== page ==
If we try to control new communication technologies, the restrictions should be as limited as possible. If too many limitations are placed on our freedom of speech, we could curb the benefits these new technologies could otherwise provide.
History has shown evidence that the restriction of communication proves worse to society than would the risks of new communication technologies. Even when these technologies were initially created for distasteful or illegal purposes, such as deepfakes were, communication done in the right way for the right purposes should not be restricted. Deepfakes have come a long way since they were first introduced as pornographic videos to now becoming a medium in which meaningful messages are created and comedies can provide parodies in which to comment on society at large.
First, what is a deepfake and what do they do?
The technical definition of a deepfake is “still in flux, as technology develops” according to experts. But that doesn’t mean we can’t describe what a deepfake is. Essentially, a deepfake is a video created by advanced video-editing, AI software. This technology takes the face of one person from a video and splices it (cuts it out of the original video and puts it onto a different video) on to the body of a different person. Often neither party gives consent to their face or body being used in the production of these videos.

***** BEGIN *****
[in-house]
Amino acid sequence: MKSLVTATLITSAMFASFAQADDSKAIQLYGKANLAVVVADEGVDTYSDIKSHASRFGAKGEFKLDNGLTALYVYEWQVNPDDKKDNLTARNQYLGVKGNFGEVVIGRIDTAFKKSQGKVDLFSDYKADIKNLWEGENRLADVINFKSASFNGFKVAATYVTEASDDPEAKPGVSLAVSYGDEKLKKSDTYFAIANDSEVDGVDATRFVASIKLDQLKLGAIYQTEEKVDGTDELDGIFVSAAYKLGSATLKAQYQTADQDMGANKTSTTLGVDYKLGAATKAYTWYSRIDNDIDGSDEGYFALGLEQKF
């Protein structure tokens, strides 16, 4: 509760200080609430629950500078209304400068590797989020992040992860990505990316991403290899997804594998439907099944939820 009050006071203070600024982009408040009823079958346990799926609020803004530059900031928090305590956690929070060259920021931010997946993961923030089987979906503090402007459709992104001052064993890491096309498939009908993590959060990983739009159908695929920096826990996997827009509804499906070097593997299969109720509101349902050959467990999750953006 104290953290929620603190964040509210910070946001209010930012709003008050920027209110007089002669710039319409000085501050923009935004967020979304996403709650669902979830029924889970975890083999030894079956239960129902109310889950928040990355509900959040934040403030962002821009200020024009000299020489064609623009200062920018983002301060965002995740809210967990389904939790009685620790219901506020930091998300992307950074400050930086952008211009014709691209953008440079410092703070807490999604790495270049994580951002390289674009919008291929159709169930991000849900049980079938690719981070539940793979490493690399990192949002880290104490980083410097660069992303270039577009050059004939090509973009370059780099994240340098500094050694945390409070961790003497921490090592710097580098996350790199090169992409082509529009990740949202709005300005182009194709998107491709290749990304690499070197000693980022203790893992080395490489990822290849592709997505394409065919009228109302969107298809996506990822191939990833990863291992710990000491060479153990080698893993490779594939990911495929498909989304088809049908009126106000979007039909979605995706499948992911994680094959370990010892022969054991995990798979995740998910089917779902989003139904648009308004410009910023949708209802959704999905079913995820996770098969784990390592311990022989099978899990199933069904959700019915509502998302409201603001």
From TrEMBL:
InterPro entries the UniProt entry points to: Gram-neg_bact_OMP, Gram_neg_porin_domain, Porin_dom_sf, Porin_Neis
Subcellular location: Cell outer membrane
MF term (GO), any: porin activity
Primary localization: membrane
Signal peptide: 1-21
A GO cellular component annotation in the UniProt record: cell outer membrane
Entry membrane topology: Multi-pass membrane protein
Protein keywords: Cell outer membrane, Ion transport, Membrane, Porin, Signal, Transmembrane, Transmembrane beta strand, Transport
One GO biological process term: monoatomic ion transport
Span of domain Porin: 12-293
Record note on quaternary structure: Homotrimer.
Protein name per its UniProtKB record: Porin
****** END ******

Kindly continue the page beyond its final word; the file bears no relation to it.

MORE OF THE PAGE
Deepfakes were first created for pornographic use back in 2018. Often a celebrity’s or influencer’s face would be placed on to a pornstar’s body. Eventually, people came up with other uses for deepfakes such as revenge, defamation, or using influencers’ faces for personal gain, and more. Examples include how an ex-girlfriend’s face could be used in an embarrassing video, or politicians could be seen doing acts that were never actually committed. Others saw their faces being used for causes they never supported or knew about.